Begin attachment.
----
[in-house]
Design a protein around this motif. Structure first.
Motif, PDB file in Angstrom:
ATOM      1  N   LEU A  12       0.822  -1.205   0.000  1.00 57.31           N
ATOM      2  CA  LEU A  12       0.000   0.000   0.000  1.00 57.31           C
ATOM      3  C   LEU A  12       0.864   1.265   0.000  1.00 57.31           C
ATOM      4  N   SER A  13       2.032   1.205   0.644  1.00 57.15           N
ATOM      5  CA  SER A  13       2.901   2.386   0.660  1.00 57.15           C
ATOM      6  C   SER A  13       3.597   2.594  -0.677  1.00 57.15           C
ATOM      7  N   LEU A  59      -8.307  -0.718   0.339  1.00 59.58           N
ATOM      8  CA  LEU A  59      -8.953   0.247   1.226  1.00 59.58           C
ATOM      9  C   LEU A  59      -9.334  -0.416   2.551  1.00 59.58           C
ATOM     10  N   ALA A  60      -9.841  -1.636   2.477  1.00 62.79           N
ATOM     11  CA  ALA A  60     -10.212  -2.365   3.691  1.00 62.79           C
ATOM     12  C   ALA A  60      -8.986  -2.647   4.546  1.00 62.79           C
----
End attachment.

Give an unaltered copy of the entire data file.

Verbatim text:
[in-house]
Design a protein around this motif. Structure first.
Motif, PDB file in Angstrom:
ATOM      1  N   LEU A  12       0.822  -1.205   0.000  1.00 57.31           N
ATOM      2  CA  LEU A  12       0.000   0.000   0.000  1.00 57.31           C
ATOM      3  C   LEU A  12       0.864   1.265   0.000  1.00 57.31           C
ATOM      4  N   SER A  13       2.032   1.205   0.644  1.00 57.15           N
ATOM      5  CA  SER A  13       2.901   2.386   0.660  1.00 57.15           C
ATOM      6  C   SER A  13       3.597   2.594  -0.677  1.00 57.15           C
ATOM      7  N   LEU A  59      -8.307  -0.718   0.339  1.00 59.58           N
ATOM      8  CA  LEU A  59      -8.953   0.247   1.226  1.00 59.58           C
ATOM      9  C   LEU A  59      -9.334  -0.416   2.551  1.00 59.58           C
ATOM     10  N   ALA A  60      -9.841  -1.636   2.477  1.00 62.79           N
ATOM     11  CA  ALA A  60     -10.212  -2.365   3.691  1.00 62.79           C
ATOM     12  C   ALA A  60      -8.986  -2.647   4.546  1.00 62.79           C